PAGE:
Henry Bolton, the leader of UKIP who refused to stand down despite having lost a vote of no confidence from the national executive committee of the party, has been sacked by party members after a vote. Bolton, who was appointed leader in September 2017, received only 37% support from members.
Gerard Batten will take over as the party’s temporary leader and he said in a statement to the party members:
“I believe that you have made the best decision that you could in the circumstances”.
Henry Bolton, the Leader of UKIP, is under renewed pressure to resign as all of the party’s 17 councillors in Thurrock have resigned. Bolton, who received a vote of no confidence from the party’s national executive, is facing growing demands within the party to stand down. All of the 17 councillors will now represent the newly created Thurrock Independents.
Graham Snell, the leader of Thurrock Independents, said in a statement:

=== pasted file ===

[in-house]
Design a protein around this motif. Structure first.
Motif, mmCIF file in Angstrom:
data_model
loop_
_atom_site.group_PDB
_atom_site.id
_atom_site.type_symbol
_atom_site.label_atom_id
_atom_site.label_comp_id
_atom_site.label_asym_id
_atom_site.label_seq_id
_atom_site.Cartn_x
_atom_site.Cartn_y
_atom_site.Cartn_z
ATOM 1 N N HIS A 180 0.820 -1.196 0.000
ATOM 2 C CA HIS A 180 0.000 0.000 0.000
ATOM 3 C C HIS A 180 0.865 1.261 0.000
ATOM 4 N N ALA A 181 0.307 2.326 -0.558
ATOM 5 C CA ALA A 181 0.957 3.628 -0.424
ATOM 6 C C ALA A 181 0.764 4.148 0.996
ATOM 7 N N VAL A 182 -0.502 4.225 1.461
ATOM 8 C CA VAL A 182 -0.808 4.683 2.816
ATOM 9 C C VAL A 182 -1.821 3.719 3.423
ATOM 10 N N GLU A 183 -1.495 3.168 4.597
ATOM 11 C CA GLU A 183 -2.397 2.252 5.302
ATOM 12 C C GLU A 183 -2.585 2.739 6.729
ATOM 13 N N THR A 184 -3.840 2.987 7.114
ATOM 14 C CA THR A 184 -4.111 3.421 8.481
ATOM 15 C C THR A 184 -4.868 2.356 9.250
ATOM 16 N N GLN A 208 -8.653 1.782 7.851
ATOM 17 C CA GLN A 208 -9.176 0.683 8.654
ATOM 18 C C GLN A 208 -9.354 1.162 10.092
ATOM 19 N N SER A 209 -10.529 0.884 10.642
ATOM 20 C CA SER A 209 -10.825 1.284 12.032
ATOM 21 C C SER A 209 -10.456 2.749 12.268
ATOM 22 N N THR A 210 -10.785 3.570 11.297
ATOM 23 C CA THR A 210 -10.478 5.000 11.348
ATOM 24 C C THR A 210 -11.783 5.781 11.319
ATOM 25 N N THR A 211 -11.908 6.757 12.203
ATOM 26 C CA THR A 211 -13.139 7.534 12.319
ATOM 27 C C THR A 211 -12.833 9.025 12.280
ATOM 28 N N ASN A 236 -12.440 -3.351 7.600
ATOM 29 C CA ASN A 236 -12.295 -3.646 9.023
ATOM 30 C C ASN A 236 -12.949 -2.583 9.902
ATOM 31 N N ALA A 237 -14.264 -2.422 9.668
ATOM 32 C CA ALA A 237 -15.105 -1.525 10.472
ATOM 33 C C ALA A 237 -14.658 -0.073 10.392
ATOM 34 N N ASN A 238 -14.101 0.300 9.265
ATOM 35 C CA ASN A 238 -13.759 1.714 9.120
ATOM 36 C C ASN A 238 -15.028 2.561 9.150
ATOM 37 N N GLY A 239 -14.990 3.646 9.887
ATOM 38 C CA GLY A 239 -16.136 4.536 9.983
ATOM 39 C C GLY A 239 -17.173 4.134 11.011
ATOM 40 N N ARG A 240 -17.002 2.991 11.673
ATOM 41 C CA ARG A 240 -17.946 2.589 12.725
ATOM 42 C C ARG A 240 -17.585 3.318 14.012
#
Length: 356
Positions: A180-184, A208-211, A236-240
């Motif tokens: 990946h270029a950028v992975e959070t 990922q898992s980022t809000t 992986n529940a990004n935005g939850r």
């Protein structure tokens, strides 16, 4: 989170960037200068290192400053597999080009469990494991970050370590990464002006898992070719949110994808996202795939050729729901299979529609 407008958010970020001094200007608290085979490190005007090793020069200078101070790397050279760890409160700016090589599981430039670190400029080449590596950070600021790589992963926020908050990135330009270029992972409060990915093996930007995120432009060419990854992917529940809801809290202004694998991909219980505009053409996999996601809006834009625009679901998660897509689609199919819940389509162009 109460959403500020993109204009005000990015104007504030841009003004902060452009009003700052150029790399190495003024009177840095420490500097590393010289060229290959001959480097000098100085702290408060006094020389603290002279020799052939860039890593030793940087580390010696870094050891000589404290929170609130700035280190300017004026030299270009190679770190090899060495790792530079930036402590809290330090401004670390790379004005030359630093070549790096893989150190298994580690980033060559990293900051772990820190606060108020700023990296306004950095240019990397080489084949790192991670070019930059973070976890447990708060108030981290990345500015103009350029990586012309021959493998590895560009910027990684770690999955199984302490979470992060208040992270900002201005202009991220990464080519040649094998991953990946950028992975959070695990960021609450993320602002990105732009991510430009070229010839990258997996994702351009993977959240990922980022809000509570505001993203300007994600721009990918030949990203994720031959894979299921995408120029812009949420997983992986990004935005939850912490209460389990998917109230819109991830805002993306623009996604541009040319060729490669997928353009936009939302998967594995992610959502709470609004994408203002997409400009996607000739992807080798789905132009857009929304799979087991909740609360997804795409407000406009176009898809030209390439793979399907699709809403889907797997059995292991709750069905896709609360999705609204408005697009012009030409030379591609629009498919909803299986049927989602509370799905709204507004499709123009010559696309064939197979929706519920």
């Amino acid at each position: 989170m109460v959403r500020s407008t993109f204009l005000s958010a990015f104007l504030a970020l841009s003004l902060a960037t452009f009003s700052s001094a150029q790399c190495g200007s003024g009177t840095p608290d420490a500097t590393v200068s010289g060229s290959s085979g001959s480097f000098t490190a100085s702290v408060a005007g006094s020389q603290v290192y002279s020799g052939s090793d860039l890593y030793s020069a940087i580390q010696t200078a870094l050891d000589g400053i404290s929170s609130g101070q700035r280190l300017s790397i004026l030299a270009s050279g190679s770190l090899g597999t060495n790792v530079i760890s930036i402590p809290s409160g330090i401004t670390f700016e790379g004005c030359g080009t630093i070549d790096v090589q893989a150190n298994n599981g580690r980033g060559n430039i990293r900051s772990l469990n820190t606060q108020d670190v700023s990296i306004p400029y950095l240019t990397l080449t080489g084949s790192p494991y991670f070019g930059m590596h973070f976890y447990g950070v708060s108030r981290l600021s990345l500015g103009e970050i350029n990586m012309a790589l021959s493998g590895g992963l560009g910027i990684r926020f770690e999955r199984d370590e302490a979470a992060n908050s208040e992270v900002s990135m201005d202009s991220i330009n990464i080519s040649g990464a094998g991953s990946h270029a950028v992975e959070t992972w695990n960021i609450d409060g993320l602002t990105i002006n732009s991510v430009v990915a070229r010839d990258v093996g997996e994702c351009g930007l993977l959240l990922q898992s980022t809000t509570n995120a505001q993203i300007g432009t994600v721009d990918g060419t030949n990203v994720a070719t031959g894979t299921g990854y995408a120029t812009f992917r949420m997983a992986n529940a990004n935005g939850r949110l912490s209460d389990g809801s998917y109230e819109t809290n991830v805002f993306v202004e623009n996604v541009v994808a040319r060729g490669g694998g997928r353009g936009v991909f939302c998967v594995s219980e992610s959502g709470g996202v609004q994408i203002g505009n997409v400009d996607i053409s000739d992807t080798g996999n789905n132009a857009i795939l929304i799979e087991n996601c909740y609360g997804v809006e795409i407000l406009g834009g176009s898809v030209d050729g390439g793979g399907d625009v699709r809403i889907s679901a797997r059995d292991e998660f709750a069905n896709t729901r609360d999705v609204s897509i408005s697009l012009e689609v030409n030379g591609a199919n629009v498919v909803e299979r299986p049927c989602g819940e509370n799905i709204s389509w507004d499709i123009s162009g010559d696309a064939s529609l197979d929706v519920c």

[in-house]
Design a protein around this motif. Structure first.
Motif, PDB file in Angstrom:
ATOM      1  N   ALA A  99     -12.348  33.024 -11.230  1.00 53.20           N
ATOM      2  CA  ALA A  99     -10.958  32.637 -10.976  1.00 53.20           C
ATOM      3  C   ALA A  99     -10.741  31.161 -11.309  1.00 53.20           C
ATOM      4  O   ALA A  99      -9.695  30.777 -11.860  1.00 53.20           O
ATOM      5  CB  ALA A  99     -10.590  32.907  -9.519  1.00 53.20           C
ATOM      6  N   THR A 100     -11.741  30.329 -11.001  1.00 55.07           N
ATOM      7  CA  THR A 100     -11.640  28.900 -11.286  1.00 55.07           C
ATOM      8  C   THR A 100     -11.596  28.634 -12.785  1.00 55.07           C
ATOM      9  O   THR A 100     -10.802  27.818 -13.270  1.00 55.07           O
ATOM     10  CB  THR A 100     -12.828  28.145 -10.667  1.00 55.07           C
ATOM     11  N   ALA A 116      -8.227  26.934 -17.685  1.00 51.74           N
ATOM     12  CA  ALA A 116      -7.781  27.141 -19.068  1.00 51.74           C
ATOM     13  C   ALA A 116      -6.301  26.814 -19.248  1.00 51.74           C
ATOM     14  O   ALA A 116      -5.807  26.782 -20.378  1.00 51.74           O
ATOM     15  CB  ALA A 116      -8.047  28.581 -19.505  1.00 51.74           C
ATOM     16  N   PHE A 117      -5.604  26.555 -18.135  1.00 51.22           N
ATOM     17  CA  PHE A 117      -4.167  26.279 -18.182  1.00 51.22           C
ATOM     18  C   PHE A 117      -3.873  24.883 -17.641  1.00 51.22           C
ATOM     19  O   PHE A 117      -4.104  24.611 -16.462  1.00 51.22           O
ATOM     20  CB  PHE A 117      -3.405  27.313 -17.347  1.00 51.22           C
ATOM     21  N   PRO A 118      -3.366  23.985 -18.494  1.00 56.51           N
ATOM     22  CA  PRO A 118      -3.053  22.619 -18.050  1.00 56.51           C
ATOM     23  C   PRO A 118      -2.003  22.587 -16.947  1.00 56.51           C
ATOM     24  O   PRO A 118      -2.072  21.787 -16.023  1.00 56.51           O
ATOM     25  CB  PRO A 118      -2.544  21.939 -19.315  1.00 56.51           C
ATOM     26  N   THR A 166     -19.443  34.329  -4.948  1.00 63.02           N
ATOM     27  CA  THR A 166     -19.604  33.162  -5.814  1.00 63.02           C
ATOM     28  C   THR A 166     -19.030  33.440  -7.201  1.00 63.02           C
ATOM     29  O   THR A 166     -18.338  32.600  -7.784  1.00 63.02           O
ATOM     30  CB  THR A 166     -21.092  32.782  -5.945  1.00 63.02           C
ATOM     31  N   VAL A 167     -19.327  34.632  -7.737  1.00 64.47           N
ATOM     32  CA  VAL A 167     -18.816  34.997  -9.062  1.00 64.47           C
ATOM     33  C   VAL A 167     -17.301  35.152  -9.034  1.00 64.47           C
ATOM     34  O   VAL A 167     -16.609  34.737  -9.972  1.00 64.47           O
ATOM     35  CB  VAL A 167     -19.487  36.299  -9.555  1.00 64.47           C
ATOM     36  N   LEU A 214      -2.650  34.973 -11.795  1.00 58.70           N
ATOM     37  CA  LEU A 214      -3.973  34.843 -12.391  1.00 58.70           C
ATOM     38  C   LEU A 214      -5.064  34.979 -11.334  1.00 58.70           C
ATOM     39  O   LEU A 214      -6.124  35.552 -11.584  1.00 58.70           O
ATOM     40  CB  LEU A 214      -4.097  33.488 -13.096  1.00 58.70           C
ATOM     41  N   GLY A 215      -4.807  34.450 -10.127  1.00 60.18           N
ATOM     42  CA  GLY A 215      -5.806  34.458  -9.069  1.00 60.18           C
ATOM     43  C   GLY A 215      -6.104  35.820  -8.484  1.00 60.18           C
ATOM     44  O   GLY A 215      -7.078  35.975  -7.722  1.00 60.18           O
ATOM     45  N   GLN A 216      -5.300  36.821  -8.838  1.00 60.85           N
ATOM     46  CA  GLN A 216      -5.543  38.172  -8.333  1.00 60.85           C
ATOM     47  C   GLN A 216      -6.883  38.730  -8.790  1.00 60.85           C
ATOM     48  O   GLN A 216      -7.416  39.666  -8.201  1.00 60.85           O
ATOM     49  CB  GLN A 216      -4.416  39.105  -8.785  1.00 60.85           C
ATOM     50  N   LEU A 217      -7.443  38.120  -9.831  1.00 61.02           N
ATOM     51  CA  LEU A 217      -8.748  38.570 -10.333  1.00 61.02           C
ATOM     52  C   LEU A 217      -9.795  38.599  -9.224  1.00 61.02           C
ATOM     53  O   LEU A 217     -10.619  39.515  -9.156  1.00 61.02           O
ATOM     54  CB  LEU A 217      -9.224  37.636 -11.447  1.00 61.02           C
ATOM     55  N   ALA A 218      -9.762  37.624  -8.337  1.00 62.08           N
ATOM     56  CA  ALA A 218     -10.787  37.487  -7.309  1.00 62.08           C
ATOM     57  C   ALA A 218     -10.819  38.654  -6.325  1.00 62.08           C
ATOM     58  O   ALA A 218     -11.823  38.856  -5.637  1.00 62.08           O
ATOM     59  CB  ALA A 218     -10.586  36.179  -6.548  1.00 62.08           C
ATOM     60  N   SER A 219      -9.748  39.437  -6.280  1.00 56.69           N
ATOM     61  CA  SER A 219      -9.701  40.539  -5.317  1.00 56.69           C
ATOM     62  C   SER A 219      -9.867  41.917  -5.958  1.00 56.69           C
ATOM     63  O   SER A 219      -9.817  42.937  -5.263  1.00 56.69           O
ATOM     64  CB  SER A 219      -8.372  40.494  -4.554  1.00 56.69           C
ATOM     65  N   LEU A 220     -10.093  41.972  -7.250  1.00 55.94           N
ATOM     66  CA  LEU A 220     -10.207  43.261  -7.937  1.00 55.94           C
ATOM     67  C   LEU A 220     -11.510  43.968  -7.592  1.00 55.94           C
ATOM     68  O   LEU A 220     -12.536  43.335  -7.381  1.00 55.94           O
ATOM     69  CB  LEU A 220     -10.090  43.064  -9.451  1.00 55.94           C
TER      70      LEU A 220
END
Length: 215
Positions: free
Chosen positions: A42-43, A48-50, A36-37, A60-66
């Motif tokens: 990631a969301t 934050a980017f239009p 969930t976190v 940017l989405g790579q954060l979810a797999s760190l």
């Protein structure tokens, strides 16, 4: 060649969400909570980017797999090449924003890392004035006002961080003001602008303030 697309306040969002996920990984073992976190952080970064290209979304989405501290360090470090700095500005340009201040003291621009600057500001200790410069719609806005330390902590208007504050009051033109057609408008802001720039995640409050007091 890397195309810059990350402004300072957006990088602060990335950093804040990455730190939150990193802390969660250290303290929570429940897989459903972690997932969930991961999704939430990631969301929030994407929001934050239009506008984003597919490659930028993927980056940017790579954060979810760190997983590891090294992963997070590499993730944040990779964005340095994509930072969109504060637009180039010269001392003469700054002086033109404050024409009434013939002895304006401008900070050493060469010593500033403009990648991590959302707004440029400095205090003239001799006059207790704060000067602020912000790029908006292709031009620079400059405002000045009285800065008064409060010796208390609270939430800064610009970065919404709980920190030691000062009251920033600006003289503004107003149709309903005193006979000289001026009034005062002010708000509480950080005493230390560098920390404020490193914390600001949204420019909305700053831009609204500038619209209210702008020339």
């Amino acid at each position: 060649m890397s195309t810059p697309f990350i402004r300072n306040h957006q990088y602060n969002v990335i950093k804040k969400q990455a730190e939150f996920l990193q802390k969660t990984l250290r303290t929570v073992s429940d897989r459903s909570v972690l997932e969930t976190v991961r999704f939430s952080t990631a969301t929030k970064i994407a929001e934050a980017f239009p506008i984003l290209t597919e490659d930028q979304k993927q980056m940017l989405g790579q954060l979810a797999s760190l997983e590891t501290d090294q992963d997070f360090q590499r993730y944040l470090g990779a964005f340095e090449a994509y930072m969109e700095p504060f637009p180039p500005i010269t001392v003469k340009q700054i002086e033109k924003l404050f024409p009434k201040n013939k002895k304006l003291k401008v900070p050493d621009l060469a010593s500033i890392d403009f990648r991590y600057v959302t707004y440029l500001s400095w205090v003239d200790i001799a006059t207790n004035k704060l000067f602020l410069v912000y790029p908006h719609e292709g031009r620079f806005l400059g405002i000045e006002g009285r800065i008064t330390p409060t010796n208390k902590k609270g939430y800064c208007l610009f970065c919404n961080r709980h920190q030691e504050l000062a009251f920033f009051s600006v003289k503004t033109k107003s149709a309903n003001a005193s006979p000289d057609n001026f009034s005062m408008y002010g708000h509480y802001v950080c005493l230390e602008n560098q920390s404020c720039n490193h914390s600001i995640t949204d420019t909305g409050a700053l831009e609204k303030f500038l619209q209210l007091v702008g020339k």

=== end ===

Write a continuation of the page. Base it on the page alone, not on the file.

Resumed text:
“Our mission is to maximise the quality of life of all Thurrock residents not gain power for power’s sake”.
Henry Bolton, the leader of UKIP, has said that he will ignore the decision of the party’s national executive committee following their unanimous vote of no confidence in him. Paul Oakden, the party’s chairman, said “Henry was offered the opportunity to resign but he has made clear that he feels he is the right man to lead the party forward”.
Bolton said that he wouldn’t be standing down as it would damage the party, saying:
“If the NEC decides to go down the road of months of further in-fighting and further negative media scrutiny by deciding to pass a vote of no confidence in me, I think that the reality is that the party is probably over”.